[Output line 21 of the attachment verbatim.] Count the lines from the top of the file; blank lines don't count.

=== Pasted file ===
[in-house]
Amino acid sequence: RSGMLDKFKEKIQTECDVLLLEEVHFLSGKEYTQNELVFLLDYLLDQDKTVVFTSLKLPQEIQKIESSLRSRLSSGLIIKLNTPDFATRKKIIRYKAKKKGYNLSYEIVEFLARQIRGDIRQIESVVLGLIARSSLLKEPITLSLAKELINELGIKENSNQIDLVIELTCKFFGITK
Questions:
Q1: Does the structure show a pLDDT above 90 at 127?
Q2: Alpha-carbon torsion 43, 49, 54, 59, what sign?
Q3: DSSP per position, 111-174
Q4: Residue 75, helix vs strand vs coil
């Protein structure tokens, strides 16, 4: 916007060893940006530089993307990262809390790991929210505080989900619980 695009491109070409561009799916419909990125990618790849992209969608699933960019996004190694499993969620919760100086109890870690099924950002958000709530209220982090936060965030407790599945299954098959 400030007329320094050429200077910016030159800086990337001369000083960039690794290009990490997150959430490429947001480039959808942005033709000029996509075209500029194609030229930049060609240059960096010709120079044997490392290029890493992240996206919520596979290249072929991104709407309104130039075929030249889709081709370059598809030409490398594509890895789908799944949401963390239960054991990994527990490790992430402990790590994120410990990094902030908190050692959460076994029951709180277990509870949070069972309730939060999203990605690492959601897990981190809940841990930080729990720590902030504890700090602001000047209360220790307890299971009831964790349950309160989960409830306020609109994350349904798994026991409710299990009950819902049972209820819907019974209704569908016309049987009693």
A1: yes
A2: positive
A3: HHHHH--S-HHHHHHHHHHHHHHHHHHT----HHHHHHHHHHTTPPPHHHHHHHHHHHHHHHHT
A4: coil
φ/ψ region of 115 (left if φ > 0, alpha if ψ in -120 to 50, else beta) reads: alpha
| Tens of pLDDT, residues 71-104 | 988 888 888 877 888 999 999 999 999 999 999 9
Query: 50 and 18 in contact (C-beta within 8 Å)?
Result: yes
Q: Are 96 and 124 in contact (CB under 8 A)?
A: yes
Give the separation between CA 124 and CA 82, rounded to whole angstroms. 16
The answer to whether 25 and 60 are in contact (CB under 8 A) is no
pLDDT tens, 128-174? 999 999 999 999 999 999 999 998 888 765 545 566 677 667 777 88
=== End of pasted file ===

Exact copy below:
pLDDT tens, 128-174? 999 999 999 999 999 999 999 998 888 765 545 566 677 667 777 88